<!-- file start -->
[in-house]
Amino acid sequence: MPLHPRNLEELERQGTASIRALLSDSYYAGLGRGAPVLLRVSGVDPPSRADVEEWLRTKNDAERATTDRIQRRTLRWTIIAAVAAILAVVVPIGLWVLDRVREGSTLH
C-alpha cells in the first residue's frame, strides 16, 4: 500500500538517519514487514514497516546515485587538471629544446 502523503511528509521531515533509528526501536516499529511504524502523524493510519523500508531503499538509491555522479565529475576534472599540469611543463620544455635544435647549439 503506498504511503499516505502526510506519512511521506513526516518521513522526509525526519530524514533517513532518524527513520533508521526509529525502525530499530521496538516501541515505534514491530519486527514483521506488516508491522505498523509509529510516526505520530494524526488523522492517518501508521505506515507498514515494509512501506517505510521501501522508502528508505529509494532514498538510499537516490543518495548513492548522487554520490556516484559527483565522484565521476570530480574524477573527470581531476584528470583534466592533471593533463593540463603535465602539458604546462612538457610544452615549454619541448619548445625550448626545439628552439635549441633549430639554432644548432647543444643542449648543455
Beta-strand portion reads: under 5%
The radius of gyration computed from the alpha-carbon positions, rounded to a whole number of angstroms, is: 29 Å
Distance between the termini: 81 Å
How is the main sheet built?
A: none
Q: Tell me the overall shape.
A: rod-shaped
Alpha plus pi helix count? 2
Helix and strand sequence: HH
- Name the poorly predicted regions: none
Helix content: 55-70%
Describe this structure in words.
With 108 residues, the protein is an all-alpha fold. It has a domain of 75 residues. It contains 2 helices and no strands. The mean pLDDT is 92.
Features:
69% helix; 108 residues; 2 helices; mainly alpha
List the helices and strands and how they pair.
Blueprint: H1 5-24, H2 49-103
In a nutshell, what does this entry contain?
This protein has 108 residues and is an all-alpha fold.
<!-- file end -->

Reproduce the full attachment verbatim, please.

[in-house]
Amino acid sequence: MPLHPRNLEELERQGTASIRALLSDSYYAGLGRGAPVLLRVSGVDPPSRADVEEWLRTKNDAERATTDRIQRRTLRWTIIAAVAAILAVVVPIGLWVLDRVREGSTLH
C-alpha cells in the first residue's frame, strides 16, 4: 500500500538517519514487514514497516546515485587538471629544446 502523503511528509521531515533509528526501536516499529511504524502523524493510519523500508531503499538509491555522479565529475576534472599540469611543463620544455635544435647549439 503506498504511503499516505502526510506519512511521506513526516518521513522526509525526519530524514533517513532518524527513520533508521526509529525502525530499530521496538516501541515505534514491530519486527514483521506488516508491522505498523509509529510516526505520530494524526488523522492517518501508521505506515507498514515494509512501506517505510521501501522508502528508505529509494532514498538510499537516490543518495548513492548522487554520490556516484559527483565522484565521476570530480574524477573527470581531476584528470583534466592533471593533463593540463603535465602539458604546462612538457610544452615549454619541448619548445625550448626545439628552439635549441633549430639554432644548432647543444643542449648543455
Beta-strand portion reads: under 5%
The radius of gyration computed from the alpha-carbon positions, rounded to a whole number of angstroms, is: 29 Å
Distance between the termini: 81 Å
How is the main sheet built?
A: none
Q: Tell me the overall shape.
A: rod-shaped
Alpha plus pi helix count? 2
Helix and strand sequence: HH
- Name the poorly predicted regions: none
Helix content: 55-70%
Describe this structure in words.
With 108 residues, the protein is an all-alpha fold. It has a domain of 75 residues. It contains 2 helices and no strands. The mean pLDDT is 92.
Features:
69% helix; 108 residues; 2 helices; mainly alpha
List the helices and strands and how they pair.
Blueprint: H1 5-24, H2 49-103
In a nutshell, what does this entry contain?
This protein has 108 residues and is an all-alpha fold.